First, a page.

Eventually in mid-April a further media release, this time from the controlling body of athletics came out saying that Comrades would be postponed to a future date still to be announced and that – other than announcing a complete cancellation – was all that could be done at that stage. That made sense because we had no idea what this virus was going to do.

It was beyond the control of the Comrades organisers but not all runners saw it that way and many took to social media saying that the Comrades Marathon Association owed it to runners to tell them what was going to be happening. The fact that they couldn’t do this didn’t matter, some people thought that Comrades organisers were duty bound to tell runners something that was impossible for them to do.

The other thing that happened was that the organisers said that if it did take place the latest it could take place was the end of September but that was also not acceptable to all and runners then started deciding on dates for the race and some were quoted in the media giving the “perfect date” with reasons when it should be held, the dates which didn’t agree with those thought by the organisers.

The country however remained in lockdown and slowly – ever so slowly – restrictions started to be eased but we all remained very frustrated, not so much because we had no answer about Comrades but because some of us fall into the so-called “high risk category” of over 70 years of age and “experts” in the field of viruses started to suggest that those of us in that category should perhaps remain in lockdown until the end of September!

Then eventually on the 14th of May the joint media release came from Comrades and ASA telling us that Comrades 2020 was cancelled and was definitely not taking place this year so all the confusion, all the uncertainty and all the anger could finally be laid to rest.

So for the second time in the very long history of this incredible event, it is being cancelled for a reason beyond the control of the organisers but it is still the organisers who will take the anger and abuse levelled at them by many runners and by many members of the public.

Those of us who love this race – and I am certainly one of them – are very disappointed about the cancellation but we need to understand that this is not the fault of the organisers nor of the athletics body nor the government and that it’s been said over and over that just as it was a World War that stopped Comrades once before, so has a war, this time against an invisible enemy, done exactly the same thing again and just as the race came through the last war that stopped it and it survived, so it will do so again this time.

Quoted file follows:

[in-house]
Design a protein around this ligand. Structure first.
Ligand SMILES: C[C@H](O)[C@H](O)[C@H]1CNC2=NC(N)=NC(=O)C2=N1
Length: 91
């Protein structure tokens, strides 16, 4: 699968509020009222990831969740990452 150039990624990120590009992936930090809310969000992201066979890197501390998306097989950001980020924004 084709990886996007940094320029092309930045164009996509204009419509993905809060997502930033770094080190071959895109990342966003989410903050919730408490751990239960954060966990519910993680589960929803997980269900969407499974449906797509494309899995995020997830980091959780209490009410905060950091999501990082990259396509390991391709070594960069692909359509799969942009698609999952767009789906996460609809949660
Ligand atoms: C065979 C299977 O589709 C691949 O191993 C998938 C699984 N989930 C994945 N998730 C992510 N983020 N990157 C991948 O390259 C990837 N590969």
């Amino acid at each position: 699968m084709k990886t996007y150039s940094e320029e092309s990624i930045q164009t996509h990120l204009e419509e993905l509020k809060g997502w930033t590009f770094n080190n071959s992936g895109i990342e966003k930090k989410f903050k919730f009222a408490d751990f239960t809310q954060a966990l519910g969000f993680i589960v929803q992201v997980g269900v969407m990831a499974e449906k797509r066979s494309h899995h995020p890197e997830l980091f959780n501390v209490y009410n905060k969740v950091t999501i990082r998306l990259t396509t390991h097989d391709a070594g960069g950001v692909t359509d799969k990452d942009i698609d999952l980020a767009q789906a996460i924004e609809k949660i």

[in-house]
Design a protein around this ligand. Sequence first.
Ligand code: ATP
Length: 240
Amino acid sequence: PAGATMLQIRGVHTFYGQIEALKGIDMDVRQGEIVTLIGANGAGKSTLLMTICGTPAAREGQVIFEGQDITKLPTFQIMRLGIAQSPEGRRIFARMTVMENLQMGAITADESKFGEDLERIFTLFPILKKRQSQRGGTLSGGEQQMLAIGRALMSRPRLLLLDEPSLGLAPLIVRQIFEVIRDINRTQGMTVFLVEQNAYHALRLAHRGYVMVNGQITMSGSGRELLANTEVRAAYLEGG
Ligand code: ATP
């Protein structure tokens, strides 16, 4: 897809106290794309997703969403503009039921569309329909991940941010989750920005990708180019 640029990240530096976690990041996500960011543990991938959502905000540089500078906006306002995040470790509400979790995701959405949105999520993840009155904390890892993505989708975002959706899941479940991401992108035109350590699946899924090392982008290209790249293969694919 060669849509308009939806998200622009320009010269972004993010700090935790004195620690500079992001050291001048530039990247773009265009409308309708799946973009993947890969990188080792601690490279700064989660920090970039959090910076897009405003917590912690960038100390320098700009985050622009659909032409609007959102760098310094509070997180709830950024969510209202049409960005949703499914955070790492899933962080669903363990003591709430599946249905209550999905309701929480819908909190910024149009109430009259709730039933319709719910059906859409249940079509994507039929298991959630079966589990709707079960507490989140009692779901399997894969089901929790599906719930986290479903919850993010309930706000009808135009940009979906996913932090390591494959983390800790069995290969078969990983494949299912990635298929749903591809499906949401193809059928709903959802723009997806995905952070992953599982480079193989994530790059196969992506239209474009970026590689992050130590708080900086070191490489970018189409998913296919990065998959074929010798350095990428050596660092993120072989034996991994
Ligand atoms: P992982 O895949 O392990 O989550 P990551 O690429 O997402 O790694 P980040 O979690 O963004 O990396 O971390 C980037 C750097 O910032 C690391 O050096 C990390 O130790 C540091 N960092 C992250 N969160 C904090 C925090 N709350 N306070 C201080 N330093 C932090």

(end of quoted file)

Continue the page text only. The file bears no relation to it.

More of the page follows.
May 2020



If you can run and finish the Comrades Marathon within the time limit it’s always been regarded as a feat but, in my saying that to complete Comrades is a feat it could be regarded as something of an oxymoron when you consider that some time ago I wrote that Comrades isn’t hard.  So what on earth am I going on about then?

It’s been said many times by many people that if Comrades was easy then everyone would do it but when you consider the number of South Africans who could fall into the category to qualify to run Comrades and you compare it to the total number in the 94 editions of the race that we’ve had since it all started in 1921, the percentage is very small so what on earth am I on about when, on the one hand I say that it’s a special feat to run this race yet on the other hand, I say it’s not hard?

Allow me to try to explain before we look at some of what I think have been very special feats we’ve seen in this event over the years.

I don’t think that Comrades itself is hard and as always, I am talking to those who run between 9 and 12 hours because that’s what I know and that’s where I have been other than two of mine where I dipped under 9  hours and I’ve written previously that the hard part of Comrades is getting to the start.  The training is hard and you need to be both physically and mentally prepared and it’s that preparation that makes it a special feat to run and finish the 90km between Durban and Pietermaritzburg in decent condition.